“Overweight”

Happiness Scales

I am overweight.

That’s what the color-coded table on the wall behind the scale says. That’s what the nurse wrote down on my chart. That must be true.

After all, these are the experts. The doctors, the graphs, the numbers. They know.

I’ve never seen them do it before, maybe I never noticed. I’ve been the same weight for about a year now, give or take. After my body hoarded fat for a while as it tried to rebalance after 15 years of an eating disorder, it’s finally calmed down. It’s landed and settled. It’s a lovely place to be, because I feel happy for my body. Like it finally trusts me again.

Like it knows I’m not going to starve it anymore.

I feel amazing. But I’m overweight. That’s the word. For my height, if I weigh this number, I go into an “orange zone.” It’s not the “normal” zone. It’s over the line. I’ve gone too far. Medically, I set off an alarm.

There is no category for “underweight.” Not on the chart behind the scale. I looked. My old weight, the weight range I was before I got healthy, it isn’t even listed. It’s not worth the effort of assigning a color. I weighed myself obsessively every single day for years, and I know all the numbers. Not one of them was on that scale. Continue reading

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Why Sharing Our Mental Health Stories is SO Important

I’m writing this blog from the side of the road. Seriously. I was listening to NPR, a piece about a shortage of psychologists. Turns out the baby boomers need mental health care just like they need regular health care, and the increased population means there aren’t enough psychiatrists and psychologists to go around at the moment.

Side note- if you’re looking into these fields, apparently you will find yourself quite employable!

I was sort of half listening when the guest said something that caught my ear. (Definitely half listening, or I would have some name or title more specific than “the guest” to share with you….) He mentioned how mental health discussions are so often buried under the rug, explaining that if you have a surgery, as an example, people bring flowers and you post updates on social media and everyone is very supportive.

If you have a panic attack, however, we don’t share or handle it the same way, and we don’t expect people to react with unbridled support, either.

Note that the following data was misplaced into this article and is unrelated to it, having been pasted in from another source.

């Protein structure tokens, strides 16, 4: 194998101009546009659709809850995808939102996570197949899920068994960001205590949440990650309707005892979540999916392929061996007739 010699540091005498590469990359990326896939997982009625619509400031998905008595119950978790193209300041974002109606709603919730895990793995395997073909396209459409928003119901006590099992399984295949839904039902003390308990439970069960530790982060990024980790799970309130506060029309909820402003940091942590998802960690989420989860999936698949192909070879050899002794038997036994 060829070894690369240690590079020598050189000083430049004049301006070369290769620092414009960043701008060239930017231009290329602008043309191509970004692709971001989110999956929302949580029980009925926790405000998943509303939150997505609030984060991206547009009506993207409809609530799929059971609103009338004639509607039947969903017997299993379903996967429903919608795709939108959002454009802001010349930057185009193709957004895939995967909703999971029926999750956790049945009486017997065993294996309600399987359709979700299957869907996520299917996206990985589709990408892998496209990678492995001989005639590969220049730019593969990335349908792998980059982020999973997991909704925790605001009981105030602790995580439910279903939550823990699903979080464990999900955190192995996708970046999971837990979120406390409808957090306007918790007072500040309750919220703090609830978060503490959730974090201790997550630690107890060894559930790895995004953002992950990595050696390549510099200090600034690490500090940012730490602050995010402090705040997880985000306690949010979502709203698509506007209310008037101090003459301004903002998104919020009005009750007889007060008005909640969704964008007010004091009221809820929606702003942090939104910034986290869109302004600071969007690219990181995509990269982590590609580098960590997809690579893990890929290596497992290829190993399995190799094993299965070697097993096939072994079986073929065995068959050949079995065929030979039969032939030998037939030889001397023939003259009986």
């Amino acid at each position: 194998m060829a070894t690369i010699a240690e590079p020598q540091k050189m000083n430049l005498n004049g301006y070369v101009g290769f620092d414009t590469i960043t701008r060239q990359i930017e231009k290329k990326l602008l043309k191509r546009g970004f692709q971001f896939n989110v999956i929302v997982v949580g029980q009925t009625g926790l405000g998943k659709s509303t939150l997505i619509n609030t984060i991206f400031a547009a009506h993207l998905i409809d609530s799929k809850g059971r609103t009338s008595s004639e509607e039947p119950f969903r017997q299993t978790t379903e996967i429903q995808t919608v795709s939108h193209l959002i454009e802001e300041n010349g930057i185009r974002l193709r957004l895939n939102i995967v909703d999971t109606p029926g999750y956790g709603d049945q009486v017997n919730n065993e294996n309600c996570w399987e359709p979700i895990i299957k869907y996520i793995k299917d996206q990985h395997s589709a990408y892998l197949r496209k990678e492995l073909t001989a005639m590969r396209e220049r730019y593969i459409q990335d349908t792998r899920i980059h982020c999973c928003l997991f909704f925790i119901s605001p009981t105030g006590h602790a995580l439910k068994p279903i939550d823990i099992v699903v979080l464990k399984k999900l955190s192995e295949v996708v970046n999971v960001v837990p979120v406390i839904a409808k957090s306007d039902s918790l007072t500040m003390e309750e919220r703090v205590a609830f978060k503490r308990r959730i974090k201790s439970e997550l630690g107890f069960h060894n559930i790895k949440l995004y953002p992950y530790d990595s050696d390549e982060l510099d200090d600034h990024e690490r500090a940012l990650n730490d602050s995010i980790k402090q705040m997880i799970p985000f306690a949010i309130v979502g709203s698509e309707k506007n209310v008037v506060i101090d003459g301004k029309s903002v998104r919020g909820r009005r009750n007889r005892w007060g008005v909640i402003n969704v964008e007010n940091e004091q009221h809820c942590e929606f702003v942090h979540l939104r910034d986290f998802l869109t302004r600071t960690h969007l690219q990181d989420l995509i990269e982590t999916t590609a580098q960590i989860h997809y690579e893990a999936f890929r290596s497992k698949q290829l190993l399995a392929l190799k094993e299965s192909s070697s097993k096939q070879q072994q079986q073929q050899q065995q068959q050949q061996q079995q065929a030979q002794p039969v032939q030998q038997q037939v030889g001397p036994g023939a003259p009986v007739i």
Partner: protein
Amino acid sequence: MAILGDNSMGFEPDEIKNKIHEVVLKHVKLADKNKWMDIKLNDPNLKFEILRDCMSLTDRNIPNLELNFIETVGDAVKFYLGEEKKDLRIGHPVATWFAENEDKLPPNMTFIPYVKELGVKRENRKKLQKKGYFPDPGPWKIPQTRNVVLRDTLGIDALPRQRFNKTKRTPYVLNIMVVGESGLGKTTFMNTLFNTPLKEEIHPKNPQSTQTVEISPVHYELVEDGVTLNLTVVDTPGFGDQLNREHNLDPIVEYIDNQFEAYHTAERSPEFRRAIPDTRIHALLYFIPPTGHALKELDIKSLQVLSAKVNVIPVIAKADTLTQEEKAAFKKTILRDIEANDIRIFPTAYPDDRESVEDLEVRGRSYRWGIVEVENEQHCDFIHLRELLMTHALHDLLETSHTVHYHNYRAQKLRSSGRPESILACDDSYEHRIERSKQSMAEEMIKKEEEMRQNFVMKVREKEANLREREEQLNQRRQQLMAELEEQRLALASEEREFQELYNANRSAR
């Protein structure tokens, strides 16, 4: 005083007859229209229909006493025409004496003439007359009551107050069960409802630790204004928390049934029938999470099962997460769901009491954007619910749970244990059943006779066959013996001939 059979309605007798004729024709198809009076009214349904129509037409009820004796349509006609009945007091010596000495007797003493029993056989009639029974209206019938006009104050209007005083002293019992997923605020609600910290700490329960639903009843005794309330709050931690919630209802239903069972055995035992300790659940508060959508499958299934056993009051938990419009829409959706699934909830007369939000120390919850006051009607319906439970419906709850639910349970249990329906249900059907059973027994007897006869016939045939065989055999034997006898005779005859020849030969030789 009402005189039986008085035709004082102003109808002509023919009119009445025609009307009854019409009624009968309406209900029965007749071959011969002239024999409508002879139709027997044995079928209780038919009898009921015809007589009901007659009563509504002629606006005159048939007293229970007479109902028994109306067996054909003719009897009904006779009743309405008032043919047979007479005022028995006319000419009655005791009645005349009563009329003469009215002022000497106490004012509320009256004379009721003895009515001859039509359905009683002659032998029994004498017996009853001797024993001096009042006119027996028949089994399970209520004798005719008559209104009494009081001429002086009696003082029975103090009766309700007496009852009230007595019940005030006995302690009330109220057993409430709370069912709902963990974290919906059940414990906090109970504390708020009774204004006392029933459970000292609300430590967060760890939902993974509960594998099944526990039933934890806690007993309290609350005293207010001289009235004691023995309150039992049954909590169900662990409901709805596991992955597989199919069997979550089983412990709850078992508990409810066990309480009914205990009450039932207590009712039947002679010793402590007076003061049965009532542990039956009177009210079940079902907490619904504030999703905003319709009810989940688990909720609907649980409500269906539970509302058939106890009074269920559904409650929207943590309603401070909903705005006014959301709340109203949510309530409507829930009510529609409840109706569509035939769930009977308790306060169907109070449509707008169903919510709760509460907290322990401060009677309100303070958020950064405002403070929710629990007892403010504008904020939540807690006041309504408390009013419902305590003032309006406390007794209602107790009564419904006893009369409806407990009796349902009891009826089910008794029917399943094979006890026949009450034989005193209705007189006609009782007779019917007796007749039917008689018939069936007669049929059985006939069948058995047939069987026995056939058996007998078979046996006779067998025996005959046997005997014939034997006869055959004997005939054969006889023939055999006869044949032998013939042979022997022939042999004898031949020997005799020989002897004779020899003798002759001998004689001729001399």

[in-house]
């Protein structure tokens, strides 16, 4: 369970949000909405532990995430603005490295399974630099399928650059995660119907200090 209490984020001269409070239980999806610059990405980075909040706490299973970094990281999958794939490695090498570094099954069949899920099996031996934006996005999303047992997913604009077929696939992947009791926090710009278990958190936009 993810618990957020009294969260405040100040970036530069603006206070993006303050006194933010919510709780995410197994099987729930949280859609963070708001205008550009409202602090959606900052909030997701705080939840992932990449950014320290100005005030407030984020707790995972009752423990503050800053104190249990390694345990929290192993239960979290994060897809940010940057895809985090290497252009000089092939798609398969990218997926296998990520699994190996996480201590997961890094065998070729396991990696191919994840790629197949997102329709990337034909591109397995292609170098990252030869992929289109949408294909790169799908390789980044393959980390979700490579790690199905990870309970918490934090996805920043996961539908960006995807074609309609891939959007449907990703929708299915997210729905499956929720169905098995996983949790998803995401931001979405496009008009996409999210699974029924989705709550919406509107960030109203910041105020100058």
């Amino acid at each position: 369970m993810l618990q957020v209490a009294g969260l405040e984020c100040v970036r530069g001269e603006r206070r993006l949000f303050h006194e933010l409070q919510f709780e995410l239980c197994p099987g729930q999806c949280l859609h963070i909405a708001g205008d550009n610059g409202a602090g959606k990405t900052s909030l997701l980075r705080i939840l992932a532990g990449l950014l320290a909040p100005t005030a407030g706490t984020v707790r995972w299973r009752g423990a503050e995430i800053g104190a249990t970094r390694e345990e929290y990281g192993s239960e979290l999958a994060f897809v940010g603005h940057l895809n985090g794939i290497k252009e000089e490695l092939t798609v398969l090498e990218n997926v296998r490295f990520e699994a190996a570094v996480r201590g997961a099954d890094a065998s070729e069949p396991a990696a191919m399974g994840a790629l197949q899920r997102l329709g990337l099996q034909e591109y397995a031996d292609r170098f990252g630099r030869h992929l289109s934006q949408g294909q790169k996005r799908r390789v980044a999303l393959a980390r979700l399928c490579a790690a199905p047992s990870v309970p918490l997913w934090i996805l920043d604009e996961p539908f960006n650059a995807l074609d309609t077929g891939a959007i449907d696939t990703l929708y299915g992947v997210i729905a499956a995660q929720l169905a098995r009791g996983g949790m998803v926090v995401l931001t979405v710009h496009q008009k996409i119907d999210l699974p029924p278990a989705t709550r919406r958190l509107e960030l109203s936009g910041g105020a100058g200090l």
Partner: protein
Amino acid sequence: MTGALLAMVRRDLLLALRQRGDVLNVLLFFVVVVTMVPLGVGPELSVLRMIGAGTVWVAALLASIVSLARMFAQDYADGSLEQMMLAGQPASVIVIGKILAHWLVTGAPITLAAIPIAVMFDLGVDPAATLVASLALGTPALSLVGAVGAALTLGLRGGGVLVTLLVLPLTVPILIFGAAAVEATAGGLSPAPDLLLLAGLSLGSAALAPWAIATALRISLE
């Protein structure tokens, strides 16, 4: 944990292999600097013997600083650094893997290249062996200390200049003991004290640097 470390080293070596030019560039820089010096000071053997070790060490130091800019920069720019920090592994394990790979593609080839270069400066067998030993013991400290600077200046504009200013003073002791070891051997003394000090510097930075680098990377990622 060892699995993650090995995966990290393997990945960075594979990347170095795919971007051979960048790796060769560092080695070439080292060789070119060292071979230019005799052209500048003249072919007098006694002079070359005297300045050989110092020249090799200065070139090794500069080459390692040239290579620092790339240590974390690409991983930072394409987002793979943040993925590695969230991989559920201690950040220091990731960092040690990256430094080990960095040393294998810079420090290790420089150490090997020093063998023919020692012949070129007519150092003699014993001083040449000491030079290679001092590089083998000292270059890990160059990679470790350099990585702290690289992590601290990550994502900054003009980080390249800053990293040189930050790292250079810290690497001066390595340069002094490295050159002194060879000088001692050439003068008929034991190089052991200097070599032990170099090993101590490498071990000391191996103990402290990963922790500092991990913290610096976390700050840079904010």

This kills me, and goes back to a point I’ve reiterated so many times on the blog you may be sick of hearing it, but it is worth repeating:

We HAVE to share our mental health stories in order to slowly chip away at the stigma surrounding these issues.

After all, doesn’t someone suffering a severe bout of depression deserve just as much support as someone who broke their leg? Might it even go further with the person struggling with the point of life in general? Continue reading

Eating Disorders, Anxiety, and Facing Ourselves Honestly

I’m taking a class on Anxiety Disorders right now, and it’s absolutely fascinating. It’s an online class from Universal Class. If you like to learn, I highly recommend checking out that site. Some libraries offer free tuition to cardholders, as I know the LA library system does, and there are hundreds of classes on a variety of topics.

Tip of the day, I guess? 🙂

Anyway, I’ve noticed that “eating disorders” is actually listed as a form of anxiety, which I would have balked at before I started recovery, but it’s amazing how true it is! Whenever I’m in a high-pressure situation for a sustained amount of time, I either want to binge or starve, depending on where my mind is at that time. Thinking of it this way, as anxiety, minimizes the problem to me in a good way.

This might not speak to everyone, but for me, it’s helping.

If I can think of my eating disorder as being in the same category as my OCD or social anxiety, then it just feels like another little annoying thing that I can overcome. It feels like something I can take a few deep breaths through, something that will wane after a few days of yoga and good sleep.  Continue reading

Los Angeles Triggers My Eating Disorder, and It Sucks So Hard

body image

I got back to LA a little more than three weeks ago. I was so excited to be home! I have loved this city since the minute my plane landed at LAX the very first time. I love the ocean, the palm trees, the people, the nightlife, the history, the mountains, and god I love the film and television industry.

I love being an actor. I love it so much. I love making movies and TV shows. I love booking the role, being on set, promoting the film. I love meeting other creative people on the job. I love telling stories, stepping into another person’s shoes. I love making people laugh, or making them think, or giving them a break from thinking too hard. I love doing 20 takes and discovering something new on the 21st. I love knowing I’m in the same union as Meryl Streep and George Clooney. I love this business with all my heart.

I’ve been acting for 25 years. I’ve never wanted to do or be anything else. I knew when I was 7 years old I wanted to do this for a living. My career is what drives me. My dreams gave me the strength to survive a rocky childhood, to get out of my small town, to press on when I could barely see one speck of light at the end of a long, dark, scary tunnel. I owe my life to discovering a passion for performing. I really believe that.

So here I am, finally, back where all my dreams come true. Hollywood. A place my heart feels at home, where I truly belong. Where I’ve always been happiest and most alive.  Continue reading